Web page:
Smart Cards Have Slow Adoption In US
from the someone-needs-to-work-on-their-marketing dept
Have you seen Visa’s new commercials for their “wannabe-Blue” smart cards? They show credit cards with a “smart chip” being added to the tune of “If I Only Had A Brain”. Now, I’m a fairly tech-savvy person and I have no clue what the advantage of this new Visa smart card is. It seems that I’m not the only one confused. People in the US still aren’t very interested in smart cards, and a lot of it is because they simply have no clue what they are and what the advantages are. That’s a huge marketing problem that American Express or Visa really should tackle. Of course, maybe there is no real advantage – which explains why both of them have just had commercials focusing on what the card looks like, rather than what it does.
Comments on “Smart Cards Have Slow Adoption In US”
fraud protection, cash
two of the biggest potential uses of the smart card chip are in fraud protection and stored value (cash) cards.
Depending on the size of the smart card storage (anywhere from 4K to 128K, with 256K coming soon), lots of user data can be kept, like: fingerprint info, drivers’ license image, full color picture of you, etc. Since this data is combined with your account number and encrypted, it is impossible for a stripe pirate to take his picture and your stripe and start buying away…
Stored value (cash) cards would be a welcome relief in the urban jungle — Mike, you may have forgotten the cash drain that is life in the city. In Chicago (where you can get a cab, as opposed to sf where you can’t), you always have to have small bills. So maintaining a cache of small bills is a p.i.t.a., that the stored value aspect would eliminate.
Now visa/mastercard want cash transactions to happen b/c they get their “vig” (called interchange) on the transactions over their network today, which does not include cash transactions. The interchange would have to be lower to induce merchants to be indifferent to smart card versus cash, and the process would have to be fast. Those have been challenges in the past.
Add to the challenge that interoperability is essential. The NYC test of 3-4 years ago failed largely because there were different machines for different cards, confusing everybody.
Consumers won’t drive this adoption alone — it will take merchants (economics) and interoperability.
Re: fraud protection, cash
Is it just me, or has anyone else noticed that the contact points on each of the Visa / MC / etc. appear to be different and therefore requiring of different terminals for use?
Re: Re: fraud protection, cash
Good points, but the main point of the post is that the great majority of people don’t know what smart cards are/will be used for. It’s great and all that all of us reading Techdirt will know what the main advantages are and why we should adopt them, but, (sorry Mike) I don’t think there are enough of us to change the public’s perception. I do agree that the commercials are stupid – if they didn’t identify them as smart cards, I would think they’re just advertising a new look for the cards themselves.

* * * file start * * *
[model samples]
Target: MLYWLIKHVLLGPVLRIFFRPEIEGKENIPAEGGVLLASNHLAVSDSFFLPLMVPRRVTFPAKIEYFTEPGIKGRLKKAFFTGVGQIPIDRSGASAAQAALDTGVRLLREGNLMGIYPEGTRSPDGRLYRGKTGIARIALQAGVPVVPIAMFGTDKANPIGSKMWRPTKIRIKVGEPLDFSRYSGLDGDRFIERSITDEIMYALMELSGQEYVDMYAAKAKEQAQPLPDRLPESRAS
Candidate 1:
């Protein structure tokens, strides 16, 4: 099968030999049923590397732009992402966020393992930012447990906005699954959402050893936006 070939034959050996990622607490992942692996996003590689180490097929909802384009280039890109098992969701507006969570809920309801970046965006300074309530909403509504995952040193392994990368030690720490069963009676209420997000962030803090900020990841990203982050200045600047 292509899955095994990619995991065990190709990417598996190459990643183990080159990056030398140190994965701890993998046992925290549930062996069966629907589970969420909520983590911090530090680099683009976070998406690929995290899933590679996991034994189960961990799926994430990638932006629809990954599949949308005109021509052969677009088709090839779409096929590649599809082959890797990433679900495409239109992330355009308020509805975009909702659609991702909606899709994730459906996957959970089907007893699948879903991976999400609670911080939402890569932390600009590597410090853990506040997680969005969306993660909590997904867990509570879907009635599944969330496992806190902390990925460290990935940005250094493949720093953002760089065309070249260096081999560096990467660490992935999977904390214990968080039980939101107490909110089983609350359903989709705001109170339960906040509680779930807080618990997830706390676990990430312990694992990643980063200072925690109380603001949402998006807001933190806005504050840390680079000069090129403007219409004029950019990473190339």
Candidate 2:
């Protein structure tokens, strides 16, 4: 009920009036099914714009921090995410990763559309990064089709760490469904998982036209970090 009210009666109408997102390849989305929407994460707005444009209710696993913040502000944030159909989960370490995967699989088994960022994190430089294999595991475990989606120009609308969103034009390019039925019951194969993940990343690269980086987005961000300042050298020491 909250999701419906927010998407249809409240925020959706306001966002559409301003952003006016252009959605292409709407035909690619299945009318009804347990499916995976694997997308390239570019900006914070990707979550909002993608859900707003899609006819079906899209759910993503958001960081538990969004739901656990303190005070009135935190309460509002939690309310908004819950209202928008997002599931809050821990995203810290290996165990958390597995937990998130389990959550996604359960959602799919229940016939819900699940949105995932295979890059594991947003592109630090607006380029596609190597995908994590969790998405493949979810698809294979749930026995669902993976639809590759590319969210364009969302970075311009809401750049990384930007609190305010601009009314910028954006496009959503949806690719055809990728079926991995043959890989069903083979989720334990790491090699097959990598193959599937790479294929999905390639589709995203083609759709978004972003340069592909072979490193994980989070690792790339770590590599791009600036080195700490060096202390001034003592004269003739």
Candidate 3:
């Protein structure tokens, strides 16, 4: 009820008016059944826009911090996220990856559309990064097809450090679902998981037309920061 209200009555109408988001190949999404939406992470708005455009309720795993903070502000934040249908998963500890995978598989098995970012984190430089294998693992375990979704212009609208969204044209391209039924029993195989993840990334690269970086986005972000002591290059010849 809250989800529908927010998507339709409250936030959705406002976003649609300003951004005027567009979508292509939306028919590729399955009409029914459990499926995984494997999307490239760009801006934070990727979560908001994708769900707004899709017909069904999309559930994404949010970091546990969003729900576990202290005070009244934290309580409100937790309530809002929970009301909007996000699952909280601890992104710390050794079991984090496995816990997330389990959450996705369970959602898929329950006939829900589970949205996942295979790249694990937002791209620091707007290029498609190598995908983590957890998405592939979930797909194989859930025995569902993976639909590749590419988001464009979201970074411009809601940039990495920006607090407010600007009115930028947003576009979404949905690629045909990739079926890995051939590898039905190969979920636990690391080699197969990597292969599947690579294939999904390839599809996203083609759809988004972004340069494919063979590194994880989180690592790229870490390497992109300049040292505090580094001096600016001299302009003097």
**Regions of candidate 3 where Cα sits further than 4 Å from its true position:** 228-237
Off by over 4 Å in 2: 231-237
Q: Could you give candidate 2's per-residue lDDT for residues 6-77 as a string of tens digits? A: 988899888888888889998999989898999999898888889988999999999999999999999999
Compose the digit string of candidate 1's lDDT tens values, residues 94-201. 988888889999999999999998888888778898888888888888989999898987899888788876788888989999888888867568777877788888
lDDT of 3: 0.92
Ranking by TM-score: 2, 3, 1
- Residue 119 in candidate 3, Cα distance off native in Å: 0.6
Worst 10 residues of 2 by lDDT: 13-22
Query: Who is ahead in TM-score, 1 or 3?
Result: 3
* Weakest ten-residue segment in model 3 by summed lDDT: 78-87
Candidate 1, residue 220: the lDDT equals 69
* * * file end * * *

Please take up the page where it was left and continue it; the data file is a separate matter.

Re: Re: Re: fraud protection, cash
The fraud protection feature seems largely theoretical to me. What difference does it make if there’s 256K of highly personal info in my card (a prospect which does not make me happy, by the way), but most sales clerks won’t even do a proper job of checking signatures? The theives will know which stores have upgraded terminals with picture verification and which ones don’t.
Re: Re: Re:2 fraud protection, cash
Ed, you’re right — since no one has put smart cards to work in this way, it is theoretical. Lots of companies working to put this in place, but I can’t say much about that.
Either your photo or your fingerprint can be used for verification — each has plusses and minuses. Sleeping clerks are the bane of fraud reduction in the retail industry, but you’re right: they’re out there.
Stores will only pay to put these things in if they can be assured that the fraud costs are going to be sufficiently lower (enough so to offset costs, training, etc. — and then some). Hard to convince anyone when the technology is unproven.
At the margin, I still encourage people to get a card with “smart” in it (joke). No seriously, when the industry can say “we have 1M people with smart cards out there” the adoption curve will be closer to reality. If it costs you no more, please get one — if for no other reason as to make ME happy? You might never choose to use any of the smarts, but you’d make the network model work that much faster. Good points, and thanks. Todd